Potential Employer Liability for Employee Claims Related to COVID-19
As businesses start opening their doors, employers and employees alike are left wondering what liability an employer might face if an employee alleges she contracted COVID-19 at work. Assuming all other conditions of liability are met (i.e. there exists an employer-employee relationship and the “injury” occurs in the course of and arises out of employment), the employee’s exclusive remedy against the employer is worker’s compensation benefits. As to whether these benefits will actually be available to an employee alleging she contracted the virus at work, the answer is “maybe” and depends on many factors as discussed below.
The Wisconsin Worker’s Compensation Act (the Act) covers injuries that are sustained while an individual is in the course and scope of their employment. An injury is defined as any mental or physical harm caused by an accident or disease. The Act covers both traumatic injuries (e.g. falling off a roof and breaking your ankle) and occupational diseases (condition resulting from exposure over a period of time to some employment related “hazard”). Typical occupational disease claims include claims for spinal conditions caused by repetitive motion over a period of time or claims for hearing loss caused by exposure to loud noise over a period of time. Occupational disease claims can also include claims for respiratory diseases. Accordingly, in theory, claims for COVID-19 would be covered under the Act.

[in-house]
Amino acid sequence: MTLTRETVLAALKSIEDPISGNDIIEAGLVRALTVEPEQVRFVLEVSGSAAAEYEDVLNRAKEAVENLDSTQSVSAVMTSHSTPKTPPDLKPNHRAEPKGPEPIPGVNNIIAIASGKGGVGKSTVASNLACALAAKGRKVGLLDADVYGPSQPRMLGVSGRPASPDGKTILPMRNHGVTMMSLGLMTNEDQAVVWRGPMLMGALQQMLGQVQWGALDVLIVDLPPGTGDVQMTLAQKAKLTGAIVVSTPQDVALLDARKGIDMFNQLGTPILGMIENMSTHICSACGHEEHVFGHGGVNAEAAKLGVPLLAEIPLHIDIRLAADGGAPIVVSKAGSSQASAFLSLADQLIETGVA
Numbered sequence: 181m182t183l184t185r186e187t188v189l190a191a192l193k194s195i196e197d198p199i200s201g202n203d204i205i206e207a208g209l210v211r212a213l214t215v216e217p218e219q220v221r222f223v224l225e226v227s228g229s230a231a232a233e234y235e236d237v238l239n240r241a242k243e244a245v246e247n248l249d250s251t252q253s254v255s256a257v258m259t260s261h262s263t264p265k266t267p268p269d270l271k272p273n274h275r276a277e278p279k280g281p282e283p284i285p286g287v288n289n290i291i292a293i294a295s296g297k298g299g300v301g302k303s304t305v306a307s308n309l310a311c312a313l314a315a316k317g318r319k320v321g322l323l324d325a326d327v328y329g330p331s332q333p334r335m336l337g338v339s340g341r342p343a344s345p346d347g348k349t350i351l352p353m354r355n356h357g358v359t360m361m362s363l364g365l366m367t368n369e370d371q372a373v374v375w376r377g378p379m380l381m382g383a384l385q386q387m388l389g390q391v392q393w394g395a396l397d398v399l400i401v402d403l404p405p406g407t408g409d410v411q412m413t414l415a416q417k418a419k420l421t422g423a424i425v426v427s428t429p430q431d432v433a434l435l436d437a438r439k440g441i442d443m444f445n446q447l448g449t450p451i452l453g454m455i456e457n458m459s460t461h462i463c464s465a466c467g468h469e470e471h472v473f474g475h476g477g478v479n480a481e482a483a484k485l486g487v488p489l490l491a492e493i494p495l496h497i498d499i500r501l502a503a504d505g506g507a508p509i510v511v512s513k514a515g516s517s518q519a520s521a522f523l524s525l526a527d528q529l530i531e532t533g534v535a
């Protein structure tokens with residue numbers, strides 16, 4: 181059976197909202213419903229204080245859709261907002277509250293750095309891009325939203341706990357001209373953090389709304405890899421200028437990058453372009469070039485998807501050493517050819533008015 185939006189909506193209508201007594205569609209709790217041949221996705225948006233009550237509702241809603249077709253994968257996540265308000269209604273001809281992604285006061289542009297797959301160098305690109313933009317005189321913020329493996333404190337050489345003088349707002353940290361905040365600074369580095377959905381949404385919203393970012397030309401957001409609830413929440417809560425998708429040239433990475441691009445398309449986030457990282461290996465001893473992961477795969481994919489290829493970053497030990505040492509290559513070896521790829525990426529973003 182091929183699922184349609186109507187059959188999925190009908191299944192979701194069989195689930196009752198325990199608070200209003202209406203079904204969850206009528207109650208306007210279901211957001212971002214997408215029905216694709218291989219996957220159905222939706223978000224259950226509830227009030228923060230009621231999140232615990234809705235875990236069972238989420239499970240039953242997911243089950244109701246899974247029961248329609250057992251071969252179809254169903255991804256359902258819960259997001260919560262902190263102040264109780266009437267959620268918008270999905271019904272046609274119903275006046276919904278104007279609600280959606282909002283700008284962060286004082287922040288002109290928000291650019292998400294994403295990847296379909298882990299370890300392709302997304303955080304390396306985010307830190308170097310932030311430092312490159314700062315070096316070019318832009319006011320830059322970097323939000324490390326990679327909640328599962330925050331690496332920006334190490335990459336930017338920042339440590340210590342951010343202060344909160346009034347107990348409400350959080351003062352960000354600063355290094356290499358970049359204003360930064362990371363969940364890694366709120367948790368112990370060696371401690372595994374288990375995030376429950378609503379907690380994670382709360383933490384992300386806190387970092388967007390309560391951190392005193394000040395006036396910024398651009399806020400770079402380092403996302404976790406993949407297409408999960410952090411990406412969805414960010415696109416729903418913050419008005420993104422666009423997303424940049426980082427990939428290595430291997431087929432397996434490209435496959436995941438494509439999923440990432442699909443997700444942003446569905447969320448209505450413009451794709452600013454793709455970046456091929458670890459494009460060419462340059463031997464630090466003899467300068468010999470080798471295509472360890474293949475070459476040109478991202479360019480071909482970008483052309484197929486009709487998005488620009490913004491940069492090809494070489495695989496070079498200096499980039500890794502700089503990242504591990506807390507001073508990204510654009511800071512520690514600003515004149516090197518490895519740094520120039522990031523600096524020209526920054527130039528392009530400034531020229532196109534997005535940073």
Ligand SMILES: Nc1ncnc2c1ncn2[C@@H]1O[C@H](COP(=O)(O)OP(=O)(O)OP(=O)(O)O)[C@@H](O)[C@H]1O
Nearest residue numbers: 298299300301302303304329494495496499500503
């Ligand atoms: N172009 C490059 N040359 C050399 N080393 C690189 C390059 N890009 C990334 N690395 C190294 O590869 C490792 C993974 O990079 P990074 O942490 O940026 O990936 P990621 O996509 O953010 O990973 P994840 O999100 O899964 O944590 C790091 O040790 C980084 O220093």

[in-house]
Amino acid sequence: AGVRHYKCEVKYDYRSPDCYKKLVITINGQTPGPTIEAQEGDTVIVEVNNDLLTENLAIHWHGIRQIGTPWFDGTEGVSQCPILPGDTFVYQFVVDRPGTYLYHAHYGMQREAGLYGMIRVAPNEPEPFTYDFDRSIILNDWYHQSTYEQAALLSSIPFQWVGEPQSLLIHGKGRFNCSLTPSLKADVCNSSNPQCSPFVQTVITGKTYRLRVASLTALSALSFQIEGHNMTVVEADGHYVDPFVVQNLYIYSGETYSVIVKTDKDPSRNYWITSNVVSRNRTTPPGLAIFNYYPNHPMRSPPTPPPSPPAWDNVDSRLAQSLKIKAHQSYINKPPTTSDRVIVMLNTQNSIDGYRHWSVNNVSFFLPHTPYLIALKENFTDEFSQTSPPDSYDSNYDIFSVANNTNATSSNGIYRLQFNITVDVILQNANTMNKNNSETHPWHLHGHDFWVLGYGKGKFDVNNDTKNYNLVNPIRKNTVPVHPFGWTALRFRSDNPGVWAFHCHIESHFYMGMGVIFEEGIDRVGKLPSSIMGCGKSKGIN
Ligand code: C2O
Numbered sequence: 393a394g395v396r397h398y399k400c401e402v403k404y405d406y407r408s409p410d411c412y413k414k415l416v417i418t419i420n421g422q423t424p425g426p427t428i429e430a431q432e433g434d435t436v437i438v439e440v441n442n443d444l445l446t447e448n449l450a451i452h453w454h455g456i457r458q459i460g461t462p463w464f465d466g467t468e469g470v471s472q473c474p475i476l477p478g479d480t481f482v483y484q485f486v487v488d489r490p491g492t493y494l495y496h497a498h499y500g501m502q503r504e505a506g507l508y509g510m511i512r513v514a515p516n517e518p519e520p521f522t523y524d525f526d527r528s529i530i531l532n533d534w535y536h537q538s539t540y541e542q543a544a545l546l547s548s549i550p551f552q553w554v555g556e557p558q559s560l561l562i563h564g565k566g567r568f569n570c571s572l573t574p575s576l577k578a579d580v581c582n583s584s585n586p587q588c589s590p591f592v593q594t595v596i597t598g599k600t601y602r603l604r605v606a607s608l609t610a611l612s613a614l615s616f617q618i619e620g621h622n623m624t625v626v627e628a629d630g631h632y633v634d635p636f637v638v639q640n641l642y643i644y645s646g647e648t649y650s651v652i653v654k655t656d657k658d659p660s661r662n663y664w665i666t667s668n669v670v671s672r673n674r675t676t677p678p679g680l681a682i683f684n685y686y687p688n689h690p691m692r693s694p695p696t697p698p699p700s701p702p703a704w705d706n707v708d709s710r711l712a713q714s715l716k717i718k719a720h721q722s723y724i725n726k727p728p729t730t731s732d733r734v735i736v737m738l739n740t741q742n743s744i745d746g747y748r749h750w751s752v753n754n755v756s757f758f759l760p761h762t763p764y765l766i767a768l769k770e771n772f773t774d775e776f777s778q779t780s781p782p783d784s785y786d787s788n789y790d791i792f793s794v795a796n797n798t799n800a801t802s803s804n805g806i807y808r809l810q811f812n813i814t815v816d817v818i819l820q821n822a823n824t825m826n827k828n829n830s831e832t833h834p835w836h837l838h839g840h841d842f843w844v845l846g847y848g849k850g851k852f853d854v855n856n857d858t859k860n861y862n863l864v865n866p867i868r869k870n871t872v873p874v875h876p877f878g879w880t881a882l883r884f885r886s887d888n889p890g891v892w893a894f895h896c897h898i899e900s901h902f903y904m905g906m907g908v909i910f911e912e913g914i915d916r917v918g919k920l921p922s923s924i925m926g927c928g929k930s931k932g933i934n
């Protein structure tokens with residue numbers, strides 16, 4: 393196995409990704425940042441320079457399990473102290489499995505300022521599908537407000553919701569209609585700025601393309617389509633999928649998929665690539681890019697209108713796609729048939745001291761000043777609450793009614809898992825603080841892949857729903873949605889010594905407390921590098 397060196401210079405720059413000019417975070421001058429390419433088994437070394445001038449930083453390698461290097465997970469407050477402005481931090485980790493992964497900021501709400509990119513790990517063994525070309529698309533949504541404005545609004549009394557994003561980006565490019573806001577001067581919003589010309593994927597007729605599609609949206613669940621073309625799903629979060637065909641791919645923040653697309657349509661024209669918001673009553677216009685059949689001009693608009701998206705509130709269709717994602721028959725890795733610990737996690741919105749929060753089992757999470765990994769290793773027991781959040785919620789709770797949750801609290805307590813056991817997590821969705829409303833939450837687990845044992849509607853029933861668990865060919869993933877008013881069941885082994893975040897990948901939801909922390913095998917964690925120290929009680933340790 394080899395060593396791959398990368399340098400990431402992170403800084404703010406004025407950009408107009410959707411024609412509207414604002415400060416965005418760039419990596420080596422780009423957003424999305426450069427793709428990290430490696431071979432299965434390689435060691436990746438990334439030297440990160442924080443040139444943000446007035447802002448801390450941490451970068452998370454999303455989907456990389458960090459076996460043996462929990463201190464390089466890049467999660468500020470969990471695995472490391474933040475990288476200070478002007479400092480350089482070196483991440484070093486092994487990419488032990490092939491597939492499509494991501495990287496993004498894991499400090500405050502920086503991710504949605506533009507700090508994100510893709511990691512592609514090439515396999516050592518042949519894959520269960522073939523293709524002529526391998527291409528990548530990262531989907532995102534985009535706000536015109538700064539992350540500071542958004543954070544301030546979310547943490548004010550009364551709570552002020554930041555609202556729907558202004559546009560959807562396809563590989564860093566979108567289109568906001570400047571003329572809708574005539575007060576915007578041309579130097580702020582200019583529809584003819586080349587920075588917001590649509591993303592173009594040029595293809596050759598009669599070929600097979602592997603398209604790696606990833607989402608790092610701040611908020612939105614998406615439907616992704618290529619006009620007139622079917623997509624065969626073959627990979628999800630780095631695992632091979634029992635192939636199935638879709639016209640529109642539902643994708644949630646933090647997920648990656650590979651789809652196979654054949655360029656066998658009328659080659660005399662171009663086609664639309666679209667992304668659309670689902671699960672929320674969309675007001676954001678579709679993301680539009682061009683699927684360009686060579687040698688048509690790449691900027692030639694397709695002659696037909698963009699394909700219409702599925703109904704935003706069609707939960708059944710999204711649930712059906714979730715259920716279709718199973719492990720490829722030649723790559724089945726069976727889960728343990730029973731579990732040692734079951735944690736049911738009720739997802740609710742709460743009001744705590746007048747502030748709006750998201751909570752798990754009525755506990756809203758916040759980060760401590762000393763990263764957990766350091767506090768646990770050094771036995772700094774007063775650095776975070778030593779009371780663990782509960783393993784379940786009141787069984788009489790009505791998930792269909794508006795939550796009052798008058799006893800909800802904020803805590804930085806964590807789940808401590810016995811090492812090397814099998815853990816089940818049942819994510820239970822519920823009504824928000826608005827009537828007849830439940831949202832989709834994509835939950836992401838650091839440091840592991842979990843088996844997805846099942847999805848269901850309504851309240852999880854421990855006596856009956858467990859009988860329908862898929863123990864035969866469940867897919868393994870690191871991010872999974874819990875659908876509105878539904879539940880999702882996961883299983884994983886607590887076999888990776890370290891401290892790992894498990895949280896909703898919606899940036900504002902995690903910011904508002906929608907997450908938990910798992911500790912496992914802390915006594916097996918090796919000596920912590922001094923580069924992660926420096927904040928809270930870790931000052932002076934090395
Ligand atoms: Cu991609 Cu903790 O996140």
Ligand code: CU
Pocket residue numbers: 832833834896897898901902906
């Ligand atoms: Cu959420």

However, the hurdle for employees will be in proving that the disease was contracted at work. In order to pursue a worker’s compensation claim, employees must have medical support for the claim. That is, a physician must give an opinion on the diagnosis and opine, “to a reasonable degree of medical certainty,” that the occupational exposure is what caused the condition. The employee’s line of work, the employee’s practices outside of work, the employer’s policies in place to protect the spread of the virus at work, and whether the employee was exposed to a co-worker who had the disease, are just a few of the considerations that would be given to this determination. Given the widespread risk of contracting the virus in the general public, it is difficult to imagine an employee successfully proving that the virus was contracted at work.
Of note, the legislature carved out an exception, which theoretically would make it easier for first responders to prove that the virus was contracted in the course of their employment. Wisconsin passed 2019 Wisconsin Act 185 (Act 185), which created a rebuttal presumption that first responders (firefighters, law enforcement, medical or other emergency services) who contract COVID-19 after being exposed to individuals with confirmed cases of the virus in the course of their employment, contracted the virus at work. Employers can rebut this presumption with evidence that the injury was caused by exposure to the virus outside of work.
Arguably, the fact that the legislature carved out this exception for first responders would indicate that other employees will have a more difficult time pursuing worker’s compensation benefits for COVID-19 claims. Certainly, those employees will not have the benefits of a presumption that the virus was contracted in the course of their employment. However, only time will tell how difficult it will be for these other employees to pursue worker’s compensation benefits for COVID-19 cases.